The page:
Tuesday, January 1, 2019

DJ Interviews: Hardwire Speers

Hello everyone its DJ Dizzy here with another interview. This time I met up with a blues guitarist by the name of Neil Speers who had a lot to say regarding his music career

How'd you get started in music?

In the first bands I played in back in high school we booked community centres and created our own gigs. We sold the tickets, brought in people for the door/security/selling refreshments, etc,  and postered the hell out of areas we played in. After graduating I played on the road in a cover band followed by different bands and solo shows. I started recording about 2008 and now have a full-length album (Breakfast at Epiphany’s) a couple of EP’s and quite a few singles out now.

Who are your inspirations or influences?

As a guitarist my biggest influences early on were David Gilmour, Jimi Hendrix, bands like Deep Purple, Alice Cooper, BB King, Black Sabbath - and lately been following some great new blues influenced performers like Gary Clark Jr., Matt Schofield, Harpoonist and the Axe Murderer, Jack Black, The Dead Weather, Alabama Shakes, artists like that. But I listen to a lot of different music all the time, from jazz to rock to ambient to whatever I find cool.

What advice would offer aspiring performers?

Practice the hell out of your instrument - whether it’s your voice, a suitcase with a kick pedal on it, guitar, whatever. 

After that rehearse a ‘show.’ If you’re going to perform for people remember that the music only makes a small part of the reason they come out to see you. The key word there is SEE you. Make it entertaining - from how you dress (which should be one or two levels above what the audience will wear) to making a connection with the audience. If you just stand on stage in your street clothing, looking at the other members of the band and never move - there’s no reason for an audience to attend your show. If it’s just 'about the music’ they may as well listen to you on Spotify or Apple Music. Except they won’t - because they won’t know who you are. Rehearse the hell out of your show, including how you talk between songs - even if it’s minimal talking make sure to practice it so you’re not all awkward on stage. Don’t you hate seeing a band that makes you nervous because they’re nervous? Don’t be that band.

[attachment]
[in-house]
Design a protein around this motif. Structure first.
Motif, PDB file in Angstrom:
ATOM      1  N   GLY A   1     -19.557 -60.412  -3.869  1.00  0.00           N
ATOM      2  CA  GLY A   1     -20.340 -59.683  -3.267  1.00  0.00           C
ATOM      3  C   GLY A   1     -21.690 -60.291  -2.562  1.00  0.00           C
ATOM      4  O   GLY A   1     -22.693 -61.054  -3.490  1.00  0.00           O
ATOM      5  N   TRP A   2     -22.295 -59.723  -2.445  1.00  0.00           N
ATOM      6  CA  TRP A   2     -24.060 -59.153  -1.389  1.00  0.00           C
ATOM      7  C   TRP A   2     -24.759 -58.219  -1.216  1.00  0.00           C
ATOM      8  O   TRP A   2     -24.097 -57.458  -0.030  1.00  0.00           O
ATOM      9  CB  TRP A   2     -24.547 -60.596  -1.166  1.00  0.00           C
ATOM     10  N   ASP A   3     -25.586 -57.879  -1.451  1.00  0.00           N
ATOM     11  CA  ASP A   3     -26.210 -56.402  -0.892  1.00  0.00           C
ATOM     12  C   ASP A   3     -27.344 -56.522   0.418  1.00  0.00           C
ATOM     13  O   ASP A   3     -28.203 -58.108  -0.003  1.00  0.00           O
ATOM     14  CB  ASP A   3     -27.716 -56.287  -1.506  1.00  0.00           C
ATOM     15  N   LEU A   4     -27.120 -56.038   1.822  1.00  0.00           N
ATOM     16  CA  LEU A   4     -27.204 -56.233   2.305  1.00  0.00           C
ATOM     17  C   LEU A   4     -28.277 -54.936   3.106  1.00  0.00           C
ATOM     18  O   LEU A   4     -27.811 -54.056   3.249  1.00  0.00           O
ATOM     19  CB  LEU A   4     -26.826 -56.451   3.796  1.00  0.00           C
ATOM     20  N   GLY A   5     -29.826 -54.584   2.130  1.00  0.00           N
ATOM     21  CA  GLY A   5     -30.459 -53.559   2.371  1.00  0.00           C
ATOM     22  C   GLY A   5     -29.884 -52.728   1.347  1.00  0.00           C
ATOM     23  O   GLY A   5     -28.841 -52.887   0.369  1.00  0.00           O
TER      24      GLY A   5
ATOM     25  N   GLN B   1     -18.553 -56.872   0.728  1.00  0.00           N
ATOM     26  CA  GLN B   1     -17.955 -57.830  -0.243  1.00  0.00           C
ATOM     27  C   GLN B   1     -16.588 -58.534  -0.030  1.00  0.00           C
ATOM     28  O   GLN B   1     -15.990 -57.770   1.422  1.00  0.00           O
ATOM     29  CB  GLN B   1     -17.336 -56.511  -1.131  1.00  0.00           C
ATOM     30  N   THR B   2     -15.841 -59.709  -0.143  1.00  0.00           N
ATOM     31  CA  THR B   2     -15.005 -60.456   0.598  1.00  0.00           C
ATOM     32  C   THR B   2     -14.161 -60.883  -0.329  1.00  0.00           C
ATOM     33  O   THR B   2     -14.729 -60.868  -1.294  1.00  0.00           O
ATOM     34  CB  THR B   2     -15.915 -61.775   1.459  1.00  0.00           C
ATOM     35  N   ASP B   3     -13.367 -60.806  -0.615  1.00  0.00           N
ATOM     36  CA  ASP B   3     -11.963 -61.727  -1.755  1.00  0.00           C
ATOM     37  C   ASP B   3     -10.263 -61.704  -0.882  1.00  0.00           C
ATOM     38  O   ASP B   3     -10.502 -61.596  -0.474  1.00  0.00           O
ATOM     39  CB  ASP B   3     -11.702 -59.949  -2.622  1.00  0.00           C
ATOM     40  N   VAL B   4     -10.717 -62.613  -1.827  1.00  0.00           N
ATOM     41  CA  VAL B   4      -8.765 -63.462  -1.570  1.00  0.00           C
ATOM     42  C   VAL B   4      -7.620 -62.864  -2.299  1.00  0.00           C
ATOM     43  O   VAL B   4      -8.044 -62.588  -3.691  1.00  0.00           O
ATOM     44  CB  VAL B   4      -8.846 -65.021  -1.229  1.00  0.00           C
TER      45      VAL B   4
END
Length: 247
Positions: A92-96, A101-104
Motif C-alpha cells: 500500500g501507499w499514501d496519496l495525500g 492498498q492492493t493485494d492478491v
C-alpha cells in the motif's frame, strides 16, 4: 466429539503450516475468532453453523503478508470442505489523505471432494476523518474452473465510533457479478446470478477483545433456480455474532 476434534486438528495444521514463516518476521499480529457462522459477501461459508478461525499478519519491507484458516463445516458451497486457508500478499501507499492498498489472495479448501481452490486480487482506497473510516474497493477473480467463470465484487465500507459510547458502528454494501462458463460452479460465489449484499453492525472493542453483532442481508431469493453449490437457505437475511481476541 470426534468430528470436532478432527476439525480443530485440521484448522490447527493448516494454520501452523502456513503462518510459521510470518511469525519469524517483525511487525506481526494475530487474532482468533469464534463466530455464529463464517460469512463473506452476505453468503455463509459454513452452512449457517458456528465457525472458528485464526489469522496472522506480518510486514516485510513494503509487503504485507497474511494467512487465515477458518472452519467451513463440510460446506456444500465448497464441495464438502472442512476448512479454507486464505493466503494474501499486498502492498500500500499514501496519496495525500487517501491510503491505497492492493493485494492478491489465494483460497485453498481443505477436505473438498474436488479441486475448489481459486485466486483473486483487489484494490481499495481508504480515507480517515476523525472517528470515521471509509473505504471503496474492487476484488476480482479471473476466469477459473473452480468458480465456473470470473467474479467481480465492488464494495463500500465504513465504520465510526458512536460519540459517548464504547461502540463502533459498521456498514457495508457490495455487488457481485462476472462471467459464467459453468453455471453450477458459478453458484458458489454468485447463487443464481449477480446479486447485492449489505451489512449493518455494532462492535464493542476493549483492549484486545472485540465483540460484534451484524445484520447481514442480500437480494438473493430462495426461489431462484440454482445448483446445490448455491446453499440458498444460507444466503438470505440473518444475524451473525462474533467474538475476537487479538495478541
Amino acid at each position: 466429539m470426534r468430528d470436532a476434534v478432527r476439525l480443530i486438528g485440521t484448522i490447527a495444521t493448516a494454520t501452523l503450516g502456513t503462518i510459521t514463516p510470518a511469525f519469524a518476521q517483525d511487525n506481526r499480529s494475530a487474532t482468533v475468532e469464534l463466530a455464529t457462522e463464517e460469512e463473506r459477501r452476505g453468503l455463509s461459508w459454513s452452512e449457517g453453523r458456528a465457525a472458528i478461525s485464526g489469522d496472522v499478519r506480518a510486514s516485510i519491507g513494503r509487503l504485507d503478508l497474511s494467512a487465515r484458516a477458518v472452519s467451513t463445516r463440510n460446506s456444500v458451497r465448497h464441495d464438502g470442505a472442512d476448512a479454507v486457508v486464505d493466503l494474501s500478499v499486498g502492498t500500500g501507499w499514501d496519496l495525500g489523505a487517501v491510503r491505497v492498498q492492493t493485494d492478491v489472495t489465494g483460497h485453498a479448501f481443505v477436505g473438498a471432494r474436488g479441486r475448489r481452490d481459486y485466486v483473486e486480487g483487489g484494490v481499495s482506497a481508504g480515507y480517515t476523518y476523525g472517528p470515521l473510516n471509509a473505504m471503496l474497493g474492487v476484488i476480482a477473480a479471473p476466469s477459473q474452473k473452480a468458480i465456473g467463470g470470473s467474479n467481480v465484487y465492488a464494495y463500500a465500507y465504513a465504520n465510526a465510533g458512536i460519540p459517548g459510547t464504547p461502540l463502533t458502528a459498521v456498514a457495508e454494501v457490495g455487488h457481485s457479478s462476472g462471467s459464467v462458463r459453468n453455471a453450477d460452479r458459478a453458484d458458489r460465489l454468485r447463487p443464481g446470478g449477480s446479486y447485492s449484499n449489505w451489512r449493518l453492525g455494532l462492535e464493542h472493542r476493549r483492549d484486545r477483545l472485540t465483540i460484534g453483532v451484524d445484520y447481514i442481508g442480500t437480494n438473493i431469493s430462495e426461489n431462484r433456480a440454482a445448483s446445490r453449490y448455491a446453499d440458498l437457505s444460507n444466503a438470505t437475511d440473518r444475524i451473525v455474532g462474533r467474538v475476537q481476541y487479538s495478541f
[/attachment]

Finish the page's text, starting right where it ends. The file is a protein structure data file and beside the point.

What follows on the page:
Learn about the business, there’s a lot of negativity but there’s also a lot of people leading the way to create a new environment for music where we can actually make money and have a great time producing the music we want to hear - things have changed since I was younger, I’m not going to be stuck in the old ways of doing music.

Finally, meet the venues and performers in your area. Get out and see other shows, get to know the bookers and musicians - don’t be all about getting to play there, just let them know you’re enjoying the show. Many bands are getting bookings by being good hangs - they’ll get a call from some band they saw asking them to be the opener. It grows from there. Support the local music community and it will help support you.

How do you set yourselves apart from other bands or singers?

“If you want to be remarkable, give them something to remark about.” I dress the part and wear cool hats - which has gotten me jobs. Works for me as a blues player - but may not work for you in your music which is okay, find something that does which people will remember. I’m also going more towards having the textures of jazz in the rhythm section with blues guitar and vocals on top.

Any new gigs or albums in the future?

I’m preparing to record a new album - doing demos now and looking for a producer. And performing as often as I can.

I want to wish him luck & things & special thanks to him for this interview so until then

Stay awesome & I'll catch you on the flipside! Rock n roll!

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